A college principal has urged Chancellor Jeremy Hunt to increase funding for technical education in the upcoming spring statement.
Janet Gardner, Principal and Chief Executive at Waltham Forest College, has written to Mr Hunt calling for an increase in the budget which takes place next month.
College finances remain below what they were in 2010, according to economics think tank the Institute for Fiscal Studies. Funding cuts mean spending per pupil in 2024-25 will still be around 5% below 2010-11 levels and for adult students it is 22% below 2009–10 levels.
Janet Gardner said: “Skills remain a key priority and we need to continue to increase funding so we can continue to support the development of skills needed to boost the UK’s economy and ensure the FE sector attracts and retains the very best staff to train the future talent employers need.”
Waltham Forest College is supporting the Mind the Skills Gap campaign, which has been launched by the Future Skills Coalition.
With job vacancies at near record levels of over 1 million according to the Office for National Statistics, businesses are struggling to fill important posts which is reducing their ability to grow, which in turn hampers the health of the local and national economy.
Mind the Skills Gap aims to highlight the important role colleges and other further education providers play in giving people the skills they need to enter these often specialised jobs. Colleges could do even more with greater funding.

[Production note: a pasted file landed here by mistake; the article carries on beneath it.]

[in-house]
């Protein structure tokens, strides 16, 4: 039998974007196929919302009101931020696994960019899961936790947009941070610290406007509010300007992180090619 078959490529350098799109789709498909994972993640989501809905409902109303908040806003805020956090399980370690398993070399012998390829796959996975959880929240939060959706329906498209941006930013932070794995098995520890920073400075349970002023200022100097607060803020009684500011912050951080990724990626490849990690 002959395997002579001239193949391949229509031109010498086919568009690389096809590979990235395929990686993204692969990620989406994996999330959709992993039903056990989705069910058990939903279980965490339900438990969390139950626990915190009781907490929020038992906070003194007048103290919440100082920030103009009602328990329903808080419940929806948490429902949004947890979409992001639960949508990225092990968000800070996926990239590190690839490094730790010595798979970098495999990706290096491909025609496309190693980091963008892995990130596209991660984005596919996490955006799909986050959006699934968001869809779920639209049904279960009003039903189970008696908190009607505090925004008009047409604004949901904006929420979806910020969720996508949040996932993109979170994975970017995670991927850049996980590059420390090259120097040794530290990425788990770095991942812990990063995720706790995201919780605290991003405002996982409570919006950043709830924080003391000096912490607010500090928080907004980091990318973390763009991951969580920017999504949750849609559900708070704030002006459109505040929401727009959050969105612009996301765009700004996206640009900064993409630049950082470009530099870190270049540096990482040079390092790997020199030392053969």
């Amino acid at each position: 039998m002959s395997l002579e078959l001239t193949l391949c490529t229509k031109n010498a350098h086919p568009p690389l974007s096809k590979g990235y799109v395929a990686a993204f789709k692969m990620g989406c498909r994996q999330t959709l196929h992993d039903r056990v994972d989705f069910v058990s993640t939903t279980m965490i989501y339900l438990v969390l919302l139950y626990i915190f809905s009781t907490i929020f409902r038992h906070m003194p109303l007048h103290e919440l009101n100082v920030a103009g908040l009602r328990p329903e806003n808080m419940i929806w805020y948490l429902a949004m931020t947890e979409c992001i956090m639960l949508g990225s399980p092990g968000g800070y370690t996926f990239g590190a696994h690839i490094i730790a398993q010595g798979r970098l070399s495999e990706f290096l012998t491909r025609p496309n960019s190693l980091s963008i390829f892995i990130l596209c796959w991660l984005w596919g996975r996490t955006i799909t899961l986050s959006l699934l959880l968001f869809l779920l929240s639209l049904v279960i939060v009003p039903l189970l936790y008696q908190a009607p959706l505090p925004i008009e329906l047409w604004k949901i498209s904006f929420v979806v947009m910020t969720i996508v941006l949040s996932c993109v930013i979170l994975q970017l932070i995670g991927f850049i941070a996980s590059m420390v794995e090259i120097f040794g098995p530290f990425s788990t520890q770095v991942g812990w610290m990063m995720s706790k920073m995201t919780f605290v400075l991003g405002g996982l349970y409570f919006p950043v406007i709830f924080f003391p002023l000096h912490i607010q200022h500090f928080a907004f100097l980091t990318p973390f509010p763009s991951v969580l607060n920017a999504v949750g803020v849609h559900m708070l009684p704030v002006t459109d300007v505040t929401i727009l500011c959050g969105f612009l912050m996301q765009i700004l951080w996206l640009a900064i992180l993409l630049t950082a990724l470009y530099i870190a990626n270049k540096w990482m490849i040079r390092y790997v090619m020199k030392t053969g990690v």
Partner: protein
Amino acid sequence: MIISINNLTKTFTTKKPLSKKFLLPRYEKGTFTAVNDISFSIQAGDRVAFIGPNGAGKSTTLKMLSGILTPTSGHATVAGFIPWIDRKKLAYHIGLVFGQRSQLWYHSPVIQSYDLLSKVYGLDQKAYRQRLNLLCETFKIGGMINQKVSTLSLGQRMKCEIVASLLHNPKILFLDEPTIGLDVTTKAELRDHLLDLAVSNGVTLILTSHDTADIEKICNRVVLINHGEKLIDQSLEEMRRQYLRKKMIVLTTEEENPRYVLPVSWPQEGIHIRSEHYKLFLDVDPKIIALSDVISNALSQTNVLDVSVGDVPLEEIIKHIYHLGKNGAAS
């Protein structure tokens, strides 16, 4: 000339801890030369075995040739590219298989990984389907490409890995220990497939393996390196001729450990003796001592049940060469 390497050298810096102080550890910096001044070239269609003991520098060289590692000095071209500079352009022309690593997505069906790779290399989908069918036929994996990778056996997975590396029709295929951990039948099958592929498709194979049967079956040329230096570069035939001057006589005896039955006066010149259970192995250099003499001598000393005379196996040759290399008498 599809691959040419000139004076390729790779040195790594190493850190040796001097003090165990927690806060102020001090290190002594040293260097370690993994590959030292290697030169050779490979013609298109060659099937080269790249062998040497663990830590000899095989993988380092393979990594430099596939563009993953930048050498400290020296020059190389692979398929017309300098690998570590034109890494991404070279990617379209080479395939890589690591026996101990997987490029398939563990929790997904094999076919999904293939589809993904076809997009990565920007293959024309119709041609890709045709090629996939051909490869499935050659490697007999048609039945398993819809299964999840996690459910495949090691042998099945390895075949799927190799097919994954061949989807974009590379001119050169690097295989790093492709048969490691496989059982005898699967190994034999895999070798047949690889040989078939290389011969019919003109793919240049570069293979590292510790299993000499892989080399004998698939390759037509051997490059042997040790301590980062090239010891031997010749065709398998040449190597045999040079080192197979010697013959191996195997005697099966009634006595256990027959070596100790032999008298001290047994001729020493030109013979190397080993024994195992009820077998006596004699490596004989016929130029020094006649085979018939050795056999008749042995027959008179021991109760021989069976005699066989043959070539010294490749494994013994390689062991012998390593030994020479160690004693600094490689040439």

The Rt Hon Sir George Iain Duncan Smith recently visited Waltham Forest College to witness firsthand, the important role colleges play in upskilling both young and adult learners in FE. He said:
“Filling the skills gap – it’s important that we recognise FE colleges are right there doing that at moment. But the biggest problem we’ve got, is that they can’t afford to do it all, because they need more investment and more funding.
“It’s now time that we recognise, without FE colleges, we won’t be able to get that reskilling or apprenticeships. The launch of Mind the Skills Gap, makes it very clear – It’s time for us to invest in FE colleges.”
The Future Skills Coalition is supported by sector organisations the Association of Colleges, the Association of Employment and Learning Providers and City & Guilds, has outlined three priorities to tackle this problem: A right to lifelong learning; fair, accessible and effective funding; and a national strategy to support local, inclusive growth.
The organisations held a campaign event in Parliament on Wednesday (1 March) attended by education and training leaders as well as several MPs and peers.